The Wire: Season 4

The Wire: Season 4

Created by: David Simon

Written by: David Simon, Ed Burns

Starring: Dominic West, John Doman, Deirdre Lovejoy, Wendell Pierce, Lance Reddick, Sonja Sohn, Seth Gilliam, Domenick Lombardozzi, Clarke Peters, Andre Royo, Michael Kenneth Williams, Jim True-Frost, Frankie Faison, Wood Harris, Idris Elba, Corey Parker Robinson, Delaney Williams, J.D. Williams, Aidan Gillen, Jamie Hector, Gbenga Akinnagbe, Robert Wisdom, Anwan Glover, Felicia Pearson, Robert F. Chew, Isiah Whitlock Jr., Michael Kostroff

Reviewed by: Brad Williamson

Genre: Crime

Score: 4/5

Season 4…My goodness, where to start? In a universe of crime, politics, and amazing performances, it’s impossible to focus on any single aspect or character. Still, there are highlights among the highlights: Michael K. Williams is magnificent, the writing throughout every scene and episode lives up to the standard set by previous seasons, and the show’s commitment to reality over exaggeration relentlessly plows through viewers’ expectations and desires.

And it is this very juxtaposition of what you want to see next to what the show gives you, along with how you feel immediately following the viewing compared to how you feel hours, days, and weeks later, that convinces me the show is an all-time great. No matter how much I hate certain plot twists, dislike specific characters, wish this or that would have happened, no matter what I think or feel, the show forces me to think and feel in its way, which is realer and thus more meaningful than any more entertaining execution my own desires might have produced.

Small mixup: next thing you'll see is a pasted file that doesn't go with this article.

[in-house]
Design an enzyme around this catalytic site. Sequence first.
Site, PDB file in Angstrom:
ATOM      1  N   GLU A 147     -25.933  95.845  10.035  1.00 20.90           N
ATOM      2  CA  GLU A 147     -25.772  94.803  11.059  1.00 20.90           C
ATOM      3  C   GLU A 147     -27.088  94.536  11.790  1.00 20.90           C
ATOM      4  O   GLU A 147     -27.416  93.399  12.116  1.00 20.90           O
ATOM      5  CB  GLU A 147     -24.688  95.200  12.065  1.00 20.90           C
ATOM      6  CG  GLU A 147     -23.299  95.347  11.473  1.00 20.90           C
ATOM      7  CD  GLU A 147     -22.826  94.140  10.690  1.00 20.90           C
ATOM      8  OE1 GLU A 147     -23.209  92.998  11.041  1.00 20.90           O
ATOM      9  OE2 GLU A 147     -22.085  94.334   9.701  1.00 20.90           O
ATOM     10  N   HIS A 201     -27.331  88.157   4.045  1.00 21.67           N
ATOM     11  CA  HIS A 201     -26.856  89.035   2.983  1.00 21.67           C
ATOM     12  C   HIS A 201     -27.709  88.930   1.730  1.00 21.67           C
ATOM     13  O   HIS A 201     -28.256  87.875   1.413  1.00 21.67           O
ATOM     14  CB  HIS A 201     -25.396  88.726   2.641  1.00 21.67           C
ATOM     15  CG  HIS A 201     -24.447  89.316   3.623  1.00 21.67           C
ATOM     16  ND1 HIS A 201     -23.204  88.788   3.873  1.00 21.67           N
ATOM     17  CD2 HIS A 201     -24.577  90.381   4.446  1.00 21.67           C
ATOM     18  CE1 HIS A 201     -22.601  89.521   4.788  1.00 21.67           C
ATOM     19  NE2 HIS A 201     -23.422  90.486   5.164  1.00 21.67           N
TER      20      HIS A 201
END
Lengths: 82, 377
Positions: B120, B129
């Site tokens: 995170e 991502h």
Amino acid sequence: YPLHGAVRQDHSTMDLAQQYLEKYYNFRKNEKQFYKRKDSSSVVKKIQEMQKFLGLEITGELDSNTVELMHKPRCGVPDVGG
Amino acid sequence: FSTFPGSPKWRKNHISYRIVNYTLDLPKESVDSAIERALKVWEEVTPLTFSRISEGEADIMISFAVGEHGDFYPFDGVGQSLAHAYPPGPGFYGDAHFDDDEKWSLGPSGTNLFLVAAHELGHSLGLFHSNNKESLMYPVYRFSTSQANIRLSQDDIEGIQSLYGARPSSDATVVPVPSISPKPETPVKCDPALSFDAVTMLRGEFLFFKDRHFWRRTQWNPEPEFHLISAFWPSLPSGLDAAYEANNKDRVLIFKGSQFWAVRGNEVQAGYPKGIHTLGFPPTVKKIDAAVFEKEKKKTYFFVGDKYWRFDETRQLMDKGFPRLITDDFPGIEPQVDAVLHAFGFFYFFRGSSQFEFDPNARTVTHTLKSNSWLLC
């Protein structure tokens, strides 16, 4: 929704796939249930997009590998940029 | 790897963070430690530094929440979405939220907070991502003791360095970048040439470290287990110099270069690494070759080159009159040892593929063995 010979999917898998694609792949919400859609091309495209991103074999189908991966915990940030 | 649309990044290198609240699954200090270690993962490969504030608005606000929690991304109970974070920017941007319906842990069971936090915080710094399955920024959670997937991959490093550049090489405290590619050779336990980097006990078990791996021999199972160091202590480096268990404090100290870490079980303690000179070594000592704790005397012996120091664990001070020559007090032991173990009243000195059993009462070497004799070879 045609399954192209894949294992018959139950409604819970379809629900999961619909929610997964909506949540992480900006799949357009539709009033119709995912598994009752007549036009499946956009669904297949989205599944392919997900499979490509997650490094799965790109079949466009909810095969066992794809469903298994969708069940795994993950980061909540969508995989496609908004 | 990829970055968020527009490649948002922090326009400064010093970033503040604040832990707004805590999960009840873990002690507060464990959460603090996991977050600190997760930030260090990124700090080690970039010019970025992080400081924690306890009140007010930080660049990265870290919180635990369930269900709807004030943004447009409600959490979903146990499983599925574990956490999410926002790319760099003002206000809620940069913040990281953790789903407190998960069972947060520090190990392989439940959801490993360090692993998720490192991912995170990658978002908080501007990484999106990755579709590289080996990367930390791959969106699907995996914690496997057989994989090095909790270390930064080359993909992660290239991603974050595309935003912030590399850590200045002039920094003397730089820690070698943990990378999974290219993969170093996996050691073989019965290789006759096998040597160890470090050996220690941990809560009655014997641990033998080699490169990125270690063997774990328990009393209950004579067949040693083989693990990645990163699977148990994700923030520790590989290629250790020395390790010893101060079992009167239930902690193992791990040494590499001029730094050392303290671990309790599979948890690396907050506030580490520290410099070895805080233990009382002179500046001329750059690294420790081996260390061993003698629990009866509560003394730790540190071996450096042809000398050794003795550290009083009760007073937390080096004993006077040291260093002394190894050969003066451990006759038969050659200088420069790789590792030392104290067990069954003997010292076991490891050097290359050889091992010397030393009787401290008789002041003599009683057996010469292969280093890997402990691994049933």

This season introduces the school system and the inherent difficulties involved in coordinating proper education from political, economical, and teaching perspectives. How much can teachers do without funding or help? How well can a student in this environment do, when their school is in ruins? How can a city pay for good schools when crime, corruption, and other issues run rampant?

Though this season still lacks the plot of seasons one and two, its world finally takes over and becomes a plot in itself. In many ways, this is where The Wire’s plot becomes reality. It doesn’t need a contained story because if you look around you at the world outside, you can see how ingeniously it depicts our very society, without exaggeration, bias, or hatred. It shows us what we are, what we’ve become, and asks us, “If you can’t stomach this on television, why are you accepting it in the real world, every day?”

Highly recommended and one of the best seasons of one of the best shows ever.

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